A friend had a stack of three-ring binders in the car; important documents were being transported as a favor to a co-worker. "I'm in trouble if something happens to these," was the comment.
But pay attention to recent news. Things happen when people carry around important information. The AICPA loses a drive with member names and Social Security numbers. A computer with 2.2 million names is stolen from the home of a Veterans Affairs employee. That included names, birth dates, and SSNs.
And then there was this note from the Minneapolis StarTribune.com that was updated yesterday: "Humana Insurance has offered free credit checks for a year to 268 clients after personal information on their Medicare drug insurance applications was stolen May 5 from a car in Brooklyn Park."
What these things have in common is that the problems, or potential problems, do not stem from technology issues. These are people issues. The friend should have taken the binders out of the car and put them in his residence, out of sight. They weren't as critical as financial data. Still, it would have been easy enough for someone to break into the car. The lost AICPA drive was handled in violation of the rules. The VA thing? That doesn't look like top-notch procedure.
This is the root of many security problems. It would have taken a simple step to take the binders from the car to dramatically decrease the possibility of theft. But it's so much easier at the end of a long day to not do extra work. It's more convenient to forget about procedures and waive somebody through a security checkpoint because they look like someone you can trust. Passwords are written down on a piece of paper because, realistically, there are too many to remember. A piece of paper keeps a door from shutting and locking.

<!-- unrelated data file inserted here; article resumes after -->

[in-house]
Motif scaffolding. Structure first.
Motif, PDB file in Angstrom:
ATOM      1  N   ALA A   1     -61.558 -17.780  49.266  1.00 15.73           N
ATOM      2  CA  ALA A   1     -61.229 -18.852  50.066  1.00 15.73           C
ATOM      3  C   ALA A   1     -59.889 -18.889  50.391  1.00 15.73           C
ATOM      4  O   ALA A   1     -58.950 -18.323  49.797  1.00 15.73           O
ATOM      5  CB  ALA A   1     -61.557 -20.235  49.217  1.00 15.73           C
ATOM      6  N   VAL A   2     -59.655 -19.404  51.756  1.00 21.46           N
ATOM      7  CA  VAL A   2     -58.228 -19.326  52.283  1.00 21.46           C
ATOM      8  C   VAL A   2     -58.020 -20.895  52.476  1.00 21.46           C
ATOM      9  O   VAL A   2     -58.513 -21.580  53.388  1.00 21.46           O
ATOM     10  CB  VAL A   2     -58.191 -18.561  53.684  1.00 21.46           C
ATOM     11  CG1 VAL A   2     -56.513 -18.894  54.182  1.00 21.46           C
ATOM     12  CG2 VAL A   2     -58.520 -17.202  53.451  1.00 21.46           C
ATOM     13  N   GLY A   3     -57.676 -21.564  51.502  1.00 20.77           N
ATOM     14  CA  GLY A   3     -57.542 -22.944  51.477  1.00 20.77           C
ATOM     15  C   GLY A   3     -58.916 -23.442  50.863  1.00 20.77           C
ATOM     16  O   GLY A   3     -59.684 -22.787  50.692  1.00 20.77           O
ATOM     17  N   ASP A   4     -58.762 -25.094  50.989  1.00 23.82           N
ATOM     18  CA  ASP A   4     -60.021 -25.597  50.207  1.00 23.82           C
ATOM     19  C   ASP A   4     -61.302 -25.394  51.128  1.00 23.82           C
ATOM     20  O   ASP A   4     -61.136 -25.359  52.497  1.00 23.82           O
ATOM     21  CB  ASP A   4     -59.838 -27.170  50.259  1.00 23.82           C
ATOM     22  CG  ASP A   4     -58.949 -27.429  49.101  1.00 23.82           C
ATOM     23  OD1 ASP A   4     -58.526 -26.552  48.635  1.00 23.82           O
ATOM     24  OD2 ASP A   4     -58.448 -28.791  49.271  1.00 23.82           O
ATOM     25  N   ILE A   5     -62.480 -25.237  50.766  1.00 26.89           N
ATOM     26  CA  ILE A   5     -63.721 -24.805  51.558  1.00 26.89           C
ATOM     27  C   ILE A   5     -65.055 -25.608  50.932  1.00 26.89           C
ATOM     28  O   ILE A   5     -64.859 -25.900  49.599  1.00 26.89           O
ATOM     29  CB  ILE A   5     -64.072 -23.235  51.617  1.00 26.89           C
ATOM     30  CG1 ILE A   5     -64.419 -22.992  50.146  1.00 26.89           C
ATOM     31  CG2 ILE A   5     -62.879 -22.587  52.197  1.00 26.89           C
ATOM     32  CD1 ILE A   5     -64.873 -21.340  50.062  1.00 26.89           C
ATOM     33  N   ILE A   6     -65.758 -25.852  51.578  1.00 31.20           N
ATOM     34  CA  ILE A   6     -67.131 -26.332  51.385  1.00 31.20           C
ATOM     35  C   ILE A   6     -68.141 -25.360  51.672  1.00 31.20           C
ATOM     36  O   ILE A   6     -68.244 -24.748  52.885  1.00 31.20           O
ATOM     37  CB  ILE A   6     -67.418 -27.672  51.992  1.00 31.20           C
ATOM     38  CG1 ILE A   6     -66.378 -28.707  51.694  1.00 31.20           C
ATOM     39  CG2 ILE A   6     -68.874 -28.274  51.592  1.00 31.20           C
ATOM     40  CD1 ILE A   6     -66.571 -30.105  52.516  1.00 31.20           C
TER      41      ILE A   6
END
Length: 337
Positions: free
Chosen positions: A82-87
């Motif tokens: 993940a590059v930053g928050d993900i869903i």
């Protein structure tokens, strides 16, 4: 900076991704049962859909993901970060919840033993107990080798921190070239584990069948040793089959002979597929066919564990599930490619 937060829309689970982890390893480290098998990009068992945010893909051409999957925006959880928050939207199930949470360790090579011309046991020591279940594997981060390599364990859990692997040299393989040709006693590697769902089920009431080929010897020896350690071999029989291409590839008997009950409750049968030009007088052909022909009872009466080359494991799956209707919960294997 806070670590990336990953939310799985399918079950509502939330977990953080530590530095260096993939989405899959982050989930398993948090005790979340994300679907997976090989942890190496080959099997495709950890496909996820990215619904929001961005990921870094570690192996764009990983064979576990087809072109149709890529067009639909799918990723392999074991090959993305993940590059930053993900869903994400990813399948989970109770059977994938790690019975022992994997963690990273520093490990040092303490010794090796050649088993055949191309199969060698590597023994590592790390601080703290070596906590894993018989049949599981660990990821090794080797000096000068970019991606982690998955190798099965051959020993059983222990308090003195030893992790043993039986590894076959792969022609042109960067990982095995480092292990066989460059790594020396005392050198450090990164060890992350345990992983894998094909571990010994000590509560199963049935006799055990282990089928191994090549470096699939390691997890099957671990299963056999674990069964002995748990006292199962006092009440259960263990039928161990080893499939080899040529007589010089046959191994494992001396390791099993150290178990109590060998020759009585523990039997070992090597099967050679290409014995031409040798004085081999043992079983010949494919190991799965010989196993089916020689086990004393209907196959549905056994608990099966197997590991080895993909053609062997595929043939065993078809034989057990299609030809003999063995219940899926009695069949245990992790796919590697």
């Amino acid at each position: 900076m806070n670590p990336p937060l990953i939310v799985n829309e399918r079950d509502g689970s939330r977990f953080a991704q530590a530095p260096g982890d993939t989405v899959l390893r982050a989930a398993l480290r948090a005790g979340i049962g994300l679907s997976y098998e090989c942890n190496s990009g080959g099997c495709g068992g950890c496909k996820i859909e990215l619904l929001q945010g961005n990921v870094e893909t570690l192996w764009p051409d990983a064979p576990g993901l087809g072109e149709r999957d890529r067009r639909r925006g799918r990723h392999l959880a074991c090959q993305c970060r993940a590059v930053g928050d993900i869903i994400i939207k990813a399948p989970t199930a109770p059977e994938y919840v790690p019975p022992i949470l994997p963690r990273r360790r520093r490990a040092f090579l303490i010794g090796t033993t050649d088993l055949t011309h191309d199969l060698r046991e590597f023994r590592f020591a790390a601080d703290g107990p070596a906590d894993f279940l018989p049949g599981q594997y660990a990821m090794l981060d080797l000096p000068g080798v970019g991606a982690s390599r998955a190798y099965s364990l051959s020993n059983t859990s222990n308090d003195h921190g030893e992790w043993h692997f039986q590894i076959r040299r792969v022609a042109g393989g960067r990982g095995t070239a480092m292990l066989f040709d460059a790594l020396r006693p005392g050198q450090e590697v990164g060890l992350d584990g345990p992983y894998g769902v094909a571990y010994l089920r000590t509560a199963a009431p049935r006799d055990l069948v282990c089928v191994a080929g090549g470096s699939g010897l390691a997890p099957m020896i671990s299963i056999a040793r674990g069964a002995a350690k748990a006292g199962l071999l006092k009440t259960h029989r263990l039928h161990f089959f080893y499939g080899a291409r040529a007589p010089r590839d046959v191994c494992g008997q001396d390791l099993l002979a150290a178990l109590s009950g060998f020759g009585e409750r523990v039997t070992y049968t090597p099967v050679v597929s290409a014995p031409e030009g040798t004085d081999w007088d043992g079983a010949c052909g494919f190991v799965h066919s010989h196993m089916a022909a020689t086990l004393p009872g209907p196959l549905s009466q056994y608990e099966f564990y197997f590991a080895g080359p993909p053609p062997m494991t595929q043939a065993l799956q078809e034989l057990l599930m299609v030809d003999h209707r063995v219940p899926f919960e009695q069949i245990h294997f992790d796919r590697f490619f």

Pay attention to the signs at airports that forbid workers from piggybacking on another person's use of an access code for opening a door. The most secure system is to have each person enter a code and pass through the doorway separately. All it takes to ruin this system, is one person trying to be considerate, not safe.
These things happen because we are on deadline. We have other things to do NOW. We are tired. We are trusting. We want to please.
Yes, the technology keeps getting smarter. Unfortunately, that doesn't always happen with people.
Register or login for access to this item and much more
All Accounting Today content is archived after seven days.
Community members receive:
- All recent and archived articles
- Conference offers and updates
- A full menu of enewsletter options
- Web seminars, white papers, ebooks
Already have an account? Log In
Don't have an account? Register for Free Unlimited Access